Illinois at Penn State
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The scholarship offer came just 12 days before national signing day. The commitment came just a week later.
Wendy Laurent was not a priority recruit for Penn State. The Nittany Lions were scrambling to fill their 2012 recruiting class as Bill O’Brien took over as coach under the dark clouds of the Jerry Sandusky scandal.
“In eighth grade I came to a camp there with one of my friends. I didn’t know too much about Penn State then,” Laurent said. “But when I came here, I fell in love with the history, the tradition. I started watching more games, and that’s how it all started.”
Laurent might have faded into obscurity like many of his classmates who came aboard the same week.
Steven Bench transferred. Da’Quan Davis was dismissed. Jonathan Warner stayed at Penn State but gave up the game.
Three-and-a-half years later, Laurent is Penn State’s starting center. And he has a shot to hold down the job through 2016.
“I’m excited,” Laurent said. “Obviously it’s something I worked hard for. I finally reached that goal, and it feels good.”
With the Lions forced to shuffle around their offensive line every other week because of injuries and ineffectiveness, coach James Franklin was looking for some stability.
“It was time to pick our five and roll with it,” Franklin said.
So Laurent, who had taken over at left guard in the second half a week earlier, slipped in at his natural position in the middle against Maryland.
Angelo Mangiro, Penn State’s center for much of the last two seasons, shifted over to left guard. The senior has shown flexibility in the past, playing every spot up front except left tackle.
“I think it’s interesting,” Franklin said. “I would say they’re both centers. They’re both guys that can take control, make the calls, get everybody on the same page. I think their size and body types and things like that probably are more suited to be centers. But I also think they’re two kind of veteran guys that have some savvy to them and know how to play and know how to play with their strengths.
“We just think it’s the right thing for us to do for our team and have some of that leadership and have some of that veteran presence in there.”
With Mangiro’s career winding down and Laurent still with another year of eligibility left, it couldn’t hurt to get the junior some more game experience anchoring the line.
Laurent had done it before. When Donovan Smith went down with a concussion last season, Mangiro ended up at right tackle and Laurent started three games at center.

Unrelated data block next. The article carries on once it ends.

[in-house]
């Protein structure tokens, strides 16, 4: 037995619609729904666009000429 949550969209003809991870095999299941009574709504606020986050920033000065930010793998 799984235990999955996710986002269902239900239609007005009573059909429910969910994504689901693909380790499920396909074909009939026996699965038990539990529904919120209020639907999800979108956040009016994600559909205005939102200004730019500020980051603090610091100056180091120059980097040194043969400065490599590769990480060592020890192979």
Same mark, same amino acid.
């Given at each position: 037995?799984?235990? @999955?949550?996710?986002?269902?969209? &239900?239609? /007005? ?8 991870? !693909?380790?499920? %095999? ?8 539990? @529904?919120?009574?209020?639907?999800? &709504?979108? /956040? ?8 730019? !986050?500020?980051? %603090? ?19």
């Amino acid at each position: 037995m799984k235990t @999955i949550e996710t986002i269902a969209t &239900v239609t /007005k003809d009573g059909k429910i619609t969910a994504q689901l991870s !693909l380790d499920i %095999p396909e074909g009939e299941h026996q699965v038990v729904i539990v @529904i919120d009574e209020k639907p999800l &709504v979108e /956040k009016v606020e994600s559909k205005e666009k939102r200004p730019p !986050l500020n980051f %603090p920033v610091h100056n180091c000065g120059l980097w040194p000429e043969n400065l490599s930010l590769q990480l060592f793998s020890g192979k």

His first nod there this season wasn’t easy. Maryland surprised the Lions by bringing heavy blitzes and overloading the box and it was up to Laurent and Mangiro to try and get everyone to adapt to the Terps’ scheme.
“The communication, once we got on the same page and knowing what we were doing against it, it was easier,” Laurent said.
“They did good,” Franklin said of Laurent and Mangiro. “First time kind of doing it. They’ll continue to get better. But I think we’ll probably be playing with two centers in there, one at center, one at guard. I do think the leadership has been important.”
It helps that both players are well familiar with one another.
Though they’re a year apart, both are New Jersey natives and have driven back home together on breaks.
“We’ve done road trips together,” Mangiro said. “We’re pretty good friends. Him coming into the lineup wasn’t too much of an adjustment. He’s ready for the opportunity.”
That’s something the coaching staff wasn’t sure would be true a year ago, even after Laurent was forced into duty.
He was lightly recruited out of The Hun School in Princeton, with UConn, Navy, Buffalo and UMass as his other FBS offers. He didn’t stand out much in his first two years on campus as O’Brien left for the NFL and Franklin’s staff took over.
But by the time training camp opened this past summer, coaches couldn’t help but notice him. Franklin called him the most improved player on the roster.
“He’s just so much more competitive,” Franklin said this week. “He’s so much more confident. He’s changed his body in terms of his body fat and his muscle mass. And I think just year two (of being in this offense), he’s just more confident with his responsibilities.
“And at that position experience really counts, because you’re typically the quarterback of the offensive line — telling everybody what to do and identifying the front and the combination block and those things — which is essential for playing O-line.”
It all led up to last week when line coach Herb Hand told the unit there were going to be some changes.
This time, Laurent had earned the job on merit, not because someone got hurt.
“It’s been a long journey,” he said. “But it’s been well worth it.”